JM, NF-B, and PD: designed the experiments and wrote the paper; NF-B: performed the experiments; NF-B and JM: analyzed the data.
NF-B was supported by a PhD studentship from the Portuguese Foundation for Science and Technology. JM is supported at the Joint BioEnergy Institute by the Office of Science, Office of Biological and Environmental Research, of the U.S. Department of Energy under Contract No. DE-AC02-05CH11231. PD and JM were supported by BBSRC grant BB/G016240/1 BBSRC Sustainable Energy Centre Cell Wall Sugars Programme (BSBEC).
Conflict of Interest Statement
The authors declare that the research was conducted in the absence of any commercial or financial relationships that could be construed as a potential conflict of interest.
The authors would like to thank Xiaolan Yu, who took the photograph of the mutants used in this study.
The Supplementary Material for this article can be found online at: https://www.frontiersin.org/articles/10.3389/fpls.2018.00384/full#supplementary-material
Supplemental Data Sheet 1. Supplemental DataSet 1: This excel file contains 3 worksheets. (1) All GCRMA normalized data (2) Examples of expression of some secondary cell wall synthesis genes in individual samples, to demonstrate that we harvested material actively transcribing the genes of interest (3) Extracted data for probeset 264493_at for IRX10 (At1g27440), showing the differential response of different oligonucleotide probes in the irx10 mutant sample, depending on the position of the probe.
Supplemental Data Sheet 2. Lists of genes which are significantly up or down regulated in each mutant.
Supplemental Data Sheet 3. Extracted gene expression data for genes known to be involved in the synthesis or regulation of the following secondary cell wall biosynthetic processes: UDP-sugars, S-adenosylmethionine, acetyl Co-A, cellulose, mannan, xyloglucan, pectin, arabinogalactan proteins and transcription factors.
Supplemental Figure 1. PCR to confirm that all T-DNA lines used in this study were homozygous for the insertion of interest. g/g = amplification of DNA using gene-gene specific primers. g/i = amplification of DNA using gene-insert specific primers, where the insert specific primer is the left border of the T-DNA insertion. Blank = water was used in place of DNA in the PCR reaction.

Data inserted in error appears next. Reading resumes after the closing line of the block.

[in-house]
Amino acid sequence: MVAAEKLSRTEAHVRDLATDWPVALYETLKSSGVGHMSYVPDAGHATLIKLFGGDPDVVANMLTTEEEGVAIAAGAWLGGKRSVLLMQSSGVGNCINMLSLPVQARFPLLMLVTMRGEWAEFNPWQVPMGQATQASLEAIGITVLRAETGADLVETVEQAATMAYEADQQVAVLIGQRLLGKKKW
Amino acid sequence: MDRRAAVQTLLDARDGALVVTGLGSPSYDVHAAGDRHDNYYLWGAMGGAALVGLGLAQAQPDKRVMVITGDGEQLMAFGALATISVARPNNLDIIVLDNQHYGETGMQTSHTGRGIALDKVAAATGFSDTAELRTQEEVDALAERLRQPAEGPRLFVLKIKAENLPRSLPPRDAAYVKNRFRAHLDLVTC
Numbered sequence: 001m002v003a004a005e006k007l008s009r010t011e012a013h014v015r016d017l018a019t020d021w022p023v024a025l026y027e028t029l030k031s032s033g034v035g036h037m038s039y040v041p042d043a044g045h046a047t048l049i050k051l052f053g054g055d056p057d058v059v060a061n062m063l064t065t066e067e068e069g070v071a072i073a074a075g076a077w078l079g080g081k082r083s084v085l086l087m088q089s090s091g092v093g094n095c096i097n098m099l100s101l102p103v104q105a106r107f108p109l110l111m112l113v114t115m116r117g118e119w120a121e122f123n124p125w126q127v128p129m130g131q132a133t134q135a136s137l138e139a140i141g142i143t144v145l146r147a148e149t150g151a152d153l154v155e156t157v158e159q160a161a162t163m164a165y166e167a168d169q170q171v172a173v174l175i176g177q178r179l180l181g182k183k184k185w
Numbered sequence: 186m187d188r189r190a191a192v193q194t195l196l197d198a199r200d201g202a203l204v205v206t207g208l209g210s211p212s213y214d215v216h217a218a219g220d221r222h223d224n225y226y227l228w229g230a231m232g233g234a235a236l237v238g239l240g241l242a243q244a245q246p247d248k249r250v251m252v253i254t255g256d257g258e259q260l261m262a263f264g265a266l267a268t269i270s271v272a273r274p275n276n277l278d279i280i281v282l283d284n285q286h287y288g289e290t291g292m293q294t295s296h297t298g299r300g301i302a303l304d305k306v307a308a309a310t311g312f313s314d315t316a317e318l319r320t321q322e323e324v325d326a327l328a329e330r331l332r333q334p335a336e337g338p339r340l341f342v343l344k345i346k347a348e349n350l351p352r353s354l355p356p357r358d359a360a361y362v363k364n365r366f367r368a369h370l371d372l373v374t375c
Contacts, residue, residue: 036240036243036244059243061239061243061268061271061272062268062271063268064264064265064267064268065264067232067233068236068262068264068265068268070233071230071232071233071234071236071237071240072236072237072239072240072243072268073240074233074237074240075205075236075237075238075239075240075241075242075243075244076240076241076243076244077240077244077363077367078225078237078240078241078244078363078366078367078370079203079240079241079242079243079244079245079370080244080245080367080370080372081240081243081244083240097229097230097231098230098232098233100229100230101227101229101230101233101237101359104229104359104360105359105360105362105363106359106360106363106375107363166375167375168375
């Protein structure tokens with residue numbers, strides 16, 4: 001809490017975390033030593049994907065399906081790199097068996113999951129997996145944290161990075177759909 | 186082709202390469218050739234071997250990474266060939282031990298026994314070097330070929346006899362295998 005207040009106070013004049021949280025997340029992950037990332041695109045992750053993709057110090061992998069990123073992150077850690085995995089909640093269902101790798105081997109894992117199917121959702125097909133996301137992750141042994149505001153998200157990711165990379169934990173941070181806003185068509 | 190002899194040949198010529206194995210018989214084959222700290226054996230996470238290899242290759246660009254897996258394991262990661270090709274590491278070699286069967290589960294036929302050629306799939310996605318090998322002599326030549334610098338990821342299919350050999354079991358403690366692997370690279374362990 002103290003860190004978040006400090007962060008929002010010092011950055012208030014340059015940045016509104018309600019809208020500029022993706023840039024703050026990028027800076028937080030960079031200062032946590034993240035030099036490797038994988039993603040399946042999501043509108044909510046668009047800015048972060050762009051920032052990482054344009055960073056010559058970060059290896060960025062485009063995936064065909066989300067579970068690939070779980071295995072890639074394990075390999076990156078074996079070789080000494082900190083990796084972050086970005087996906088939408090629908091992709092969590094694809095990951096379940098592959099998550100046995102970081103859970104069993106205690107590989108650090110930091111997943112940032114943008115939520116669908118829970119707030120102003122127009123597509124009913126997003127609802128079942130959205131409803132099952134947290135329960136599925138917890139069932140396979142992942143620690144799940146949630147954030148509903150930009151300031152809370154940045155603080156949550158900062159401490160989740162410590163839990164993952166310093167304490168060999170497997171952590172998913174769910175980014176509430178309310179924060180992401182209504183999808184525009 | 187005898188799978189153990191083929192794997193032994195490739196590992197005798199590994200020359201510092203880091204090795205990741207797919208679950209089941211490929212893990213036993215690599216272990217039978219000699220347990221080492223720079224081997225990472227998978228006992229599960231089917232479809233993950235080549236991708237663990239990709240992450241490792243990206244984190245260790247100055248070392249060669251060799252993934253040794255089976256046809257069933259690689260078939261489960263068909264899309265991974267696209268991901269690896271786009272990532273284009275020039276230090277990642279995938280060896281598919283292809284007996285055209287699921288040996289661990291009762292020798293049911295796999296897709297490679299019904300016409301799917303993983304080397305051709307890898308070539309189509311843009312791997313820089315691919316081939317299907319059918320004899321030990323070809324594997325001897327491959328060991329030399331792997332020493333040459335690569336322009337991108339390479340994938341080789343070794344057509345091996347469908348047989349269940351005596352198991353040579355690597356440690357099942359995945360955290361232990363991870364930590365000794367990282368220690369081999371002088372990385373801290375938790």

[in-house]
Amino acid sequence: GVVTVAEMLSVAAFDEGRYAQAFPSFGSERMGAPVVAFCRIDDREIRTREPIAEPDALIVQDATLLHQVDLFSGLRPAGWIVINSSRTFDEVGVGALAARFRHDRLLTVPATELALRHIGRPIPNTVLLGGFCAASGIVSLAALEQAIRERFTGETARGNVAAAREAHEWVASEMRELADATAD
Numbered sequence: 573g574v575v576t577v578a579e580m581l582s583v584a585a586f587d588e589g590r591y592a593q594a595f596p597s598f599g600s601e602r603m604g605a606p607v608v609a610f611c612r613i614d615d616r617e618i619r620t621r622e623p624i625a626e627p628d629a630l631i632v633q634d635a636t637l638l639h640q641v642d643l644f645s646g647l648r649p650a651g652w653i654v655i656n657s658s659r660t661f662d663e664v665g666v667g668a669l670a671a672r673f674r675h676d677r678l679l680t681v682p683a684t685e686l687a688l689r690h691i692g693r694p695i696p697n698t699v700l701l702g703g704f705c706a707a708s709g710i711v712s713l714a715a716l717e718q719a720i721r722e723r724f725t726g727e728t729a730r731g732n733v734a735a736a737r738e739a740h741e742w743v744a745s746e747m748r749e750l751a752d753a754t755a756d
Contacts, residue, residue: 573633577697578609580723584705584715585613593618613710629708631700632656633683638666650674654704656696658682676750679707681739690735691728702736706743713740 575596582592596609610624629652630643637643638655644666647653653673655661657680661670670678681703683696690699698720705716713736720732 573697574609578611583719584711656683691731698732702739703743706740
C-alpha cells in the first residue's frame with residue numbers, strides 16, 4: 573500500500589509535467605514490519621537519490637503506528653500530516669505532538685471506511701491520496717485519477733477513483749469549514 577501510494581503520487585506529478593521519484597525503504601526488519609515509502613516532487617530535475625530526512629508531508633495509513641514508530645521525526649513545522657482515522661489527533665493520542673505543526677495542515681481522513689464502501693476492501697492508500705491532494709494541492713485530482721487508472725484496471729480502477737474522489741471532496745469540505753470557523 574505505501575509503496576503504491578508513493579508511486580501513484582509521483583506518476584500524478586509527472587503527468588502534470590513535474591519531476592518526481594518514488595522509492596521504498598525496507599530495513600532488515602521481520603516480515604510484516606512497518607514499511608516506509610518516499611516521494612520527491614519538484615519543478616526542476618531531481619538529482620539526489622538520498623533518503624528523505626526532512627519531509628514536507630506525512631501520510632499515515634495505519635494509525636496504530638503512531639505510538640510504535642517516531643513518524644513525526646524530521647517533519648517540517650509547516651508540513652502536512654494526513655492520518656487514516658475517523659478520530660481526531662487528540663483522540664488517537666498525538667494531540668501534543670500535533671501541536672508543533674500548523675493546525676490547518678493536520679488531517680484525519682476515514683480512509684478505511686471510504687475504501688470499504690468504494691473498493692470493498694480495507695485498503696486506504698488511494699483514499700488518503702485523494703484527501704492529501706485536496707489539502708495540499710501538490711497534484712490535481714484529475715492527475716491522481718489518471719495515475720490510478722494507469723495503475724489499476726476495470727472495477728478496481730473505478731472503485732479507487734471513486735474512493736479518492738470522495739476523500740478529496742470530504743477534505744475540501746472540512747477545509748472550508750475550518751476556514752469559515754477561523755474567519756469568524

Supplemental Figure 2. GO analysis of xylan mutants. (A) irx9 (B) irx10 (C) irx14 (D) gux1 (E) gux2 (F) gux1gux2. The Classification Superviewer tool from the Bio-Analytic Resource for Plant Biology was used. Data for each category was normalized to the number of times it appeared in the GO analysis divided by the total number of genes assigned to that category.
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Keywords: xylan, cell wall engineering, cell wall integrity, plant, secondary cell wall, biofuels, biomass
Citation: Faria-Blanc N, Mortimer JC and Dupree P (2018) A Transcriptomic Analysis of Xylan Mutants Does Not Support the Existence of a Secondary Cell Wall Integrity System in Arabidopsis. Front. Plant Sci. 9:384. doi: 10.3389/fpls.2018.00384
Received: 10 January 2018; Accepted: 08 March 2018;
Published: 27 March 2018.
Edited by:Elisabeth Jamet, Université Toulouse III Paul Sabatier, France
Reviewed by:Jozef Mravec, University of Copenhagen, Denmark
Rachel Burton, University of Adelaide, Australia
Copyright © 2018 Faria-Blanc, Mortimer and Dupree. This is an open-access article distributed under the terms of the Creative Commons Attribution License (CC BY). The use, distribution or reproduction in other forums is permitted, provided the original author(s) and the copyright owner are credited and that the original publication in this journal is cited, in accordance with accepted academic practice. No use, distribution or reproduction is permitted which does not comply with these terms.
*Correspondence: Paul Dupree, firstname.lastname@example.org
†These authors have contributed equally to this work.